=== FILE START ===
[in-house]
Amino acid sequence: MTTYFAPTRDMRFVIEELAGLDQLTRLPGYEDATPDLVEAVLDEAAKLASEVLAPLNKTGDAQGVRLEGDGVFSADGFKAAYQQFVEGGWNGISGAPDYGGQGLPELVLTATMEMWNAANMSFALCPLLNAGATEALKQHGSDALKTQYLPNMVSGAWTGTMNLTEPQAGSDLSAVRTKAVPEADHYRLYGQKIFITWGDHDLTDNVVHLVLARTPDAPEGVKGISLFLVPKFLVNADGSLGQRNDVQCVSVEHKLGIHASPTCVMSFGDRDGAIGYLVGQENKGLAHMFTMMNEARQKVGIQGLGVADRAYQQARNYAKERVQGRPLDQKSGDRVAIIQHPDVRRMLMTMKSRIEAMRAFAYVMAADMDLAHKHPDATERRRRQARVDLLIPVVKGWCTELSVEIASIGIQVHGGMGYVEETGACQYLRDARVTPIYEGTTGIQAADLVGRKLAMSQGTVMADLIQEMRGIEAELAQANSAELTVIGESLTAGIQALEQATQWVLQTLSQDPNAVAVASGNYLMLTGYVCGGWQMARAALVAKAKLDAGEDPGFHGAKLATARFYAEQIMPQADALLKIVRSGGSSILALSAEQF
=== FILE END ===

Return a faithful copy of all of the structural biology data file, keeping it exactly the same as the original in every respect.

[in-house]
Amino acid sequence: MTTYFAPTRDMRFVIEELAGLDQLTRLPGYEDATPDLVEAVLDEAAKLASEVLAPLNKTGDAQGVRLEGDGVFSADGFKAAYQQFVEGGWNGISGAPDYGGQGLPELVLTATMEMWNAANMSFALCPLLNAGATEALKQHGSDALKTQYLPNMVSGAWTGTMNLTEPQAGSDLSAVRTKAVPEADHYRLYGQKIFITWGDHDLTDNVVHLVLARTPDAPEGVKGISLFLVPKFLVNADGSLGQRNDVQCVSVEHKLGIHASPTCVMSFGDRDGAIGYLVGQENKGLAHMFTMMNEARQKVGIQGLGVADRAYQQARNYAKERVQGRPLDQKSGDRVAIIQHPDVRRMLMTMKSRIEAMRAFAYVMAADMDLAHKHPDATERRRRQARVDLLIPVVKGWCTELSVEIASIGIQVHGGMGYVEETGACQYLRDARVTPIYEGTTGIQAADLVGRKLAMSQGTVMADLIQEMRGIEAELAQANSAELTVIGESLTAGIQALEQATQWVLQTLSQDPNAVAVASGNYLMLTGYVCGGWQMARAALVAKAKLDAGEDPGFHGAKLATARFYAEQIMPQADALLKIVRSGGSSILALSAEQF